Since then, as mentioned in our 2014 spring update when Notre Dame hosted the Common Solutions Group in May, we reviewed progress to-date in the context of governance, people and processes, and our initiatives to grow our institutional understanding of how to operate in the cloud.

Bob and I had fun presenting, and were able to give a synopsis on:

  • Conductor Migration:  ND-engineered content management system that migrated to AWS in March 2014.  You can read all about Conductor’s operational statistics here. The short story is the migration was a massive success.  Improved performance, reduced cost, increased use of the AWS tools (RDS, Elasticache), and a sense of joy on the part of the engineers involved in the move
  • ND Mobile App:  Instantiation of the Kurogo framework in providing a revamped mobile experience.  Zero performance issues associated with rollout.
  • AAA in the Cloud:  Replicating our authentication store in Amazon.  Using Route 53 to heartbeat against local resources so that in a failure condition, login.nd.edu redirects to the authentication store in Amazon for traffic originating from off campus.  This was tested in June and performed as designed.  Since the preponderance of our main academic applications, including Sakai, Box, and Gmail, are hosted off campus, the result of this effort is that we have separated service availability from local border network incidents.  If campus is offline for some reason, off-campus students, faculty, and staff are still able to use the University’s SaaS services.
  • Backups:  We are in the midst of testing Panzura, a cloud storage gateway product. Preliminary testing looks promising – look for an update on this ongoing testing soon.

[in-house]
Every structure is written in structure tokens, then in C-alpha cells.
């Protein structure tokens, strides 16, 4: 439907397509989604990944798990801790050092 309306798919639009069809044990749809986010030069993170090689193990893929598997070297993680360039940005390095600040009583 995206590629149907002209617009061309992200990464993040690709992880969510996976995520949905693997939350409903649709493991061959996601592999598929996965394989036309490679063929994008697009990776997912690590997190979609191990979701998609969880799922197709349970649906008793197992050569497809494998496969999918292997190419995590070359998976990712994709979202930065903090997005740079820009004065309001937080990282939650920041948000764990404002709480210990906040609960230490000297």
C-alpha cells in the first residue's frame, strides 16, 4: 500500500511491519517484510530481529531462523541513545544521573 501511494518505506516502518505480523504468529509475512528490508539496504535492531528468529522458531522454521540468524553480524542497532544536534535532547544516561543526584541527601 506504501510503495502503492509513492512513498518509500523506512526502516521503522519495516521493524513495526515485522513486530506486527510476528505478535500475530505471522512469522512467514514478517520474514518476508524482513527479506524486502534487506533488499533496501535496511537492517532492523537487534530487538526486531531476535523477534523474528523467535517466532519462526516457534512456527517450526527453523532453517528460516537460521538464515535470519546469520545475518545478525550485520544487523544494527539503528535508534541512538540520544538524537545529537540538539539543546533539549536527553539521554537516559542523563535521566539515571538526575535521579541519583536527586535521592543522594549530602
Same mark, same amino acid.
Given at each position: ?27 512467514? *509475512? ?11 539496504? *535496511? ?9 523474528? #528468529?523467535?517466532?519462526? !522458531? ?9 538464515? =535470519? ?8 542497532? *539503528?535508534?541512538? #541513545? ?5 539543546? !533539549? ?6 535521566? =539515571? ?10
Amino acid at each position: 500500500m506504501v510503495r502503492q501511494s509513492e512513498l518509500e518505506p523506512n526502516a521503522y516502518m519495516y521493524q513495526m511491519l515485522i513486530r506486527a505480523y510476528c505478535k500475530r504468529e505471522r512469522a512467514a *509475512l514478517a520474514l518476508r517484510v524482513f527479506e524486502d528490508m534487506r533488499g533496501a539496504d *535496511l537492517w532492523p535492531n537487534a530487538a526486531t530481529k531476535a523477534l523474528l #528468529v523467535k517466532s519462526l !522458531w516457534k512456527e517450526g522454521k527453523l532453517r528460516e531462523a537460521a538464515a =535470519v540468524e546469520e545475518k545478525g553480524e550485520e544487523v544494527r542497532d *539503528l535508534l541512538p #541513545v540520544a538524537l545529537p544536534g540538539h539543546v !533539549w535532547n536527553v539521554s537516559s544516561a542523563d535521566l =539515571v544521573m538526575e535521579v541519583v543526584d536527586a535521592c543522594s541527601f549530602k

We are absolutely thrilled with the progress being made, and look forward to continuing to push the envelope.  More to come!


Posted in AWS

Calling Oracle Stored Procedures from Ruby with ruby-plsql

Isn’t it nice when something just works?  We are building Ruby on Rails apps on top of Oracle, so we’re using the Oracle Enhanced ActiveRecord adapter on top of the ruby-oci8 driver library.

The ActiveRecord adapter gives us a nice AR wrapper around our existing Oracle schema, which is great, but what about when I want to work with stored procedures or functions?  Turns out the author of this adapter, Raimonds Simanovskis, has a gem just for this called ruby-plsql.

Include the gem in your Gemfile:

gem 'ruby-plsql'

Then, write an initializer that hooks it to your existing ActiveRecord connection (config/plsql.rb)

plsql.activerecord_class = ActiveRecord::Base

After that, calling procedure is easy.  Oracle return types are automatically cast to ruby types.  Oracle exceptions are raised as OciError, which contains a “code” and “sql” attribute.  However, you can call a “message” method on that exception to get the full error output.

Here I call an Oracle procedure, idcard.nd_is_valid_pin using the plsql object provided in the gem:

ok_pin = plsql.idcard.nd_is_valid_pin( new_pin )
  if ok_pin
    plsql.idcard.update_pin_pr( @info.ndid, params[:old_pin], pin )
    raise Errors::InvalidInput
rescue OCIError => e
 render json: { error: e.message }, status: :unprocessable_entity

That’s it!  Nice and easy, and “rsims” is two for two.